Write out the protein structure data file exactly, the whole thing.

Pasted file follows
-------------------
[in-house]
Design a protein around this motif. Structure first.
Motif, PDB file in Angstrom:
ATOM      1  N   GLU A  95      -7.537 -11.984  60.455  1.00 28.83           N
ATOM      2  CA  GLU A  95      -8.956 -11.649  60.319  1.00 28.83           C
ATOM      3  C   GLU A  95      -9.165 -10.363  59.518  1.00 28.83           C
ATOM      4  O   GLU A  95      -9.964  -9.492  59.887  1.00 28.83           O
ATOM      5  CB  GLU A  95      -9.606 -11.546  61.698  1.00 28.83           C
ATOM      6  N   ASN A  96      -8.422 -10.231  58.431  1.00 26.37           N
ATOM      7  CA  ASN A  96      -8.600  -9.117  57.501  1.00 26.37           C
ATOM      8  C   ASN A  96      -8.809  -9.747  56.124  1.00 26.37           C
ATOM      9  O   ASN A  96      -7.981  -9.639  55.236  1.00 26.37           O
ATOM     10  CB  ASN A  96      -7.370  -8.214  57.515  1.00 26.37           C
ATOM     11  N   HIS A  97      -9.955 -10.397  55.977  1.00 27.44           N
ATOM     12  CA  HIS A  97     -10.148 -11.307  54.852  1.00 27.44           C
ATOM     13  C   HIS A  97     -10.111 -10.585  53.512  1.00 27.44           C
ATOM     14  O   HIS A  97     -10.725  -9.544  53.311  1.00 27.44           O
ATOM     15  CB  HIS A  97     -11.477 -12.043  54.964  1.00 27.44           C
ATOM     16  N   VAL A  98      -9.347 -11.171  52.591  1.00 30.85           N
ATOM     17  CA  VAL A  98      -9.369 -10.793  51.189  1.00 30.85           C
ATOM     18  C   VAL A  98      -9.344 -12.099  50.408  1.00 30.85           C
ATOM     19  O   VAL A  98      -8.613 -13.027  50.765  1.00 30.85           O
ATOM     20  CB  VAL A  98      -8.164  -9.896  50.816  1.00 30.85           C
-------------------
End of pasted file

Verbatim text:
[in-house]
Design a protein around this motif. Structure first.
Motif, PDB file in Angstrom:
ATOM      1  N   GLU A  95      -7.537 -11.984  60.455  1.00 28.83           N
ATOM      2  CA  GLU A  95      -8.956 -11.649  60.319  1.00 28.83           C
ATOM      3  C   GLU A  95      -9.165 -10.363  59.518  1.00 28.83           C
ATOM      4  O   GLU A  95      -9.964  -9.492  59.887  1.00 28.83           O
ATOM      5  CB  GLU A  95      -9.606 -11.546  61.698  1.00 28.83           C
ATOM      6  N   ASN A  96      -8.422 -10.231  58.431  1.00 26.37           N
ATOM      7  CA  ASN A  96      -8.600  -9.117  57.501  1.00 26.37           C
ATOM      8  C   ASN A  96      -8.809  -9.747  56.124  1.00 26.37           C
ATOM      9  O   ASN A  96      -7.981  -9.639  55.236  1.00 26.37           O
ATOM     10  CB  ASN A  96      -7.370  -8.214  57.515  1.00 26.37           C
ATOM     11  N   HIS A  97      -9.955 -10.397  55.977  1.00 27.44           N
ATOM     12  CA  HIS A  97     -10.148 -11.307  54.852  1.00 27.44           C
ATOM     13  C   HIS A  97     -10.111 -10.585  53.512  1.00 27.44           C
ATOM     14  O   HIS A  97     -10.725  -9.544  53.311  1.00 27.44           O
ATOM     15  CB  HIS A  97     -11.477 -12.043  54.964  1.00 27.44           C
ATOM     16  N   VAL A  98      -9.347 -11.171  52.591  1.00 30.85           N
ATOM     17  CA  VAL A  98      -9.369 -10.793  51.189  1.00 30.85           C
ATOM     18  C   VAL A  98      -9.344 -12.099  50.408  1.00 30.85           C
ATOM     19  O   VAL A  98      -8.613 -13.027  50.765  1.00 30.85           O
ATOM     20  CB  VAL A  98      -8.164  -9.896  50.816  1.00 30.85           C